v. Find the linear combination that gives the largest value of T 2.

(c)

Using all the information in part (b), would you want to receive the treatment
if you have the same type of cancer? Explain.

Q.3

Disturbing the equilibrium of an organism “in vivo” by administering a treatment,
usually a drug, and monitoring the reaction is a commonly used procedure in biochemistry. In one such study, 7 human subjects were given an alcoholic drink, and
blood samples were taken at 1, 2, 3, and 4 hours after the alcoholic drink was consumed. The blood glucose concentration (mg./10 liters of blood) was determined
for each blood sample. The sample mean vector and sample covariance matrix, for
these data are (a)

Plot the sample means at the four time points and connect them with straight
line segments. To help determine whether differences in means are large relative to variation in responses for different subjects, insert vertical bars representing one-at-a-time 95 % confidence intervals for the individual means. Notehow variation decreases as the mean glucose concentration decreases.
(b)

Let µ1; µ2; µ3; µ4 denote the population means for blood glucose concentration at 1, 2, 3, and 4 hours, respectively. Write the null hypothesis that themean blood glucose concentrations are the same for the four time points, i.e.,µ1 = µ2 = µ3 = µ4, in the following from:
H0 : Cµ Fill in appropriate values for C. What are the degrees of freedom for the Fdistribution associated with the T 2 statistic?

(c)

Use the Bonferroni method to compute simultaneous 95% confidence intervalsfor µ1 – µ2, µ1 – µ3, µ1 – µ4, µ2 – µ3, µ2 – µ4, and µ3 – µ4. State yourconclusions. Q.4

Four psychological tests were given to 32 men and 32 women.
y1 = pictorial inconsistencies y3 = tool recognition
y2 = paper form board y4 = vocabulary
(a)

Assuming that the population matrices Σ1 = Σ2. Obtain the pooled estimate
of the common variance-covariance matrix. (c)

Using the pooled covariance matrix, compute Hotelling’sT2. Test the hypothesis that the mean vectors of men and women are same using T 2. State yourconclusion.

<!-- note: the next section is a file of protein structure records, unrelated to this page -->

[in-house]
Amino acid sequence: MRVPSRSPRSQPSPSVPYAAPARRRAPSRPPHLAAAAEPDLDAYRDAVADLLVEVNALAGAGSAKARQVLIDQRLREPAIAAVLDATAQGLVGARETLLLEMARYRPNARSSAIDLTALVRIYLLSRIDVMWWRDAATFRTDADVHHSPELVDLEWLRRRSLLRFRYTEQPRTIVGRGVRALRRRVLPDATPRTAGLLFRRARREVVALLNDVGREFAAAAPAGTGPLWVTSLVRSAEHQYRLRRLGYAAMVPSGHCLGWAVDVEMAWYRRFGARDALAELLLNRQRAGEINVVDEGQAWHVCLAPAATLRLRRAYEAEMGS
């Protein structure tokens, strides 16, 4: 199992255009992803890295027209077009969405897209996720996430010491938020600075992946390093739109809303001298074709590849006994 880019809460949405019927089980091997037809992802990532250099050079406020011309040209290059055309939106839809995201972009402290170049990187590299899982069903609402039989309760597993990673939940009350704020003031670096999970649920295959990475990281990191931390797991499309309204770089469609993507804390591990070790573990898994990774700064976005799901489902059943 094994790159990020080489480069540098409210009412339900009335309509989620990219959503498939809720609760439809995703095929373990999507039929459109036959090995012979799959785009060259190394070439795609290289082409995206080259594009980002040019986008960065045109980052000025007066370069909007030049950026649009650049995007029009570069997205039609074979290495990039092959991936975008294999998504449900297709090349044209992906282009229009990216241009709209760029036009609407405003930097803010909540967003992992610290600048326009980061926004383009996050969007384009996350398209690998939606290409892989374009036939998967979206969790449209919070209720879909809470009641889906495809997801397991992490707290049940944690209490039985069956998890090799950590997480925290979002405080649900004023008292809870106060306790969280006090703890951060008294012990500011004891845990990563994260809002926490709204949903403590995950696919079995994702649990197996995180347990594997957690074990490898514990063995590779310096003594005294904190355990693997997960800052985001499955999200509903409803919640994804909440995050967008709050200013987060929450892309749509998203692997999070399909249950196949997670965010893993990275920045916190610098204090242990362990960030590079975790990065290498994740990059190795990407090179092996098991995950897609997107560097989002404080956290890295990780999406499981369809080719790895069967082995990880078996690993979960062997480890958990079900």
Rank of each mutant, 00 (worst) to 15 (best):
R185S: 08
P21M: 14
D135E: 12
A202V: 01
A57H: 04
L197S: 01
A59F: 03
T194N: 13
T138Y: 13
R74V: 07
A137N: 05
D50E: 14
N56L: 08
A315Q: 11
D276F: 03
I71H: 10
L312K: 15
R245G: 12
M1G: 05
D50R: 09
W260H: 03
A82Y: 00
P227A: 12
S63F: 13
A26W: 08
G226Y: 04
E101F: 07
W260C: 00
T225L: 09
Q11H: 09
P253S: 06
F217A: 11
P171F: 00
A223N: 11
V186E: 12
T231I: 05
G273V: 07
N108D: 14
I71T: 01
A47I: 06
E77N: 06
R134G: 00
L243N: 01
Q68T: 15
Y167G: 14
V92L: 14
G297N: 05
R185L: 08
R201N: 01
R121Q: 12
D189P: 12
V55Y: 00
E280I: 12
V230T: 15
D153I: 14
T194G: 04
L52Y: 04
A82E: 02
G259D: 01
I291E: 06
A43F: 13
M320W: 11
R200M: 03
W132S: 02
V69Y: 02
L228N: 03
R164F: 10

Solution        attach(x)

question 1(a)

shapiro.test(X1)

data:  X1

W = 0.98374, p-value = 0.2567

shapiro.test(X2)

data:  X2

W = 0.96431, p-value = 0.008254

shapiro.test(X3)

data:  X3

W = 0.96637, p-value = 0.01174

shapiro.test(X4)

data:  X4

W = 0.97338, p-value = 0.04035

shapiro.test(X5)

data:  X5

W = 0.97456, p-value = 0.04984

shapiro.test(X6)

data:  X6

W = 0.95878, p-value = 0.003295

qqnorm(X1)

qqnorm(X2)

qqnorm(X3)

qqnorm(X4)

qqnorm(X5)

qqnorm(X6)

Question(2)

b=a[1:2]

c=a[3:4]

d=(hotelling.test(b,c, shrinkage = FALSE, perm = FALSE,B = 10000, progBar = (perm && TRUE)))

>d\$stat

Hotelling test statistic

 16.53195

\$m

 0.4833333

\$df

  2 29

\$nx

 16

\$ny

 16

\$p

 2

>d\$pval

 0.001721335

>apc<- pairwiseCI(admiss ~ treat, data, method=”Param.diff”)

>apc

95 %-confidence intervals

Method:  Difference of means assuming Normal distribution, allowing unequal variances

confidence interval for y1-x1

estimate  lower upper

1-0     49.5 -28.72 127.7

>apc<- pairwiseCI(untreat ~ treat, data, method=”Param.diff”)

>apc

95 %-confidence intervals

Method:  Difference of means assuming Normal distribution, allowing unequal variances

confidence interval for difference of mean y2-x2

estimate lower upper

1-0    106.9 35.86 177.9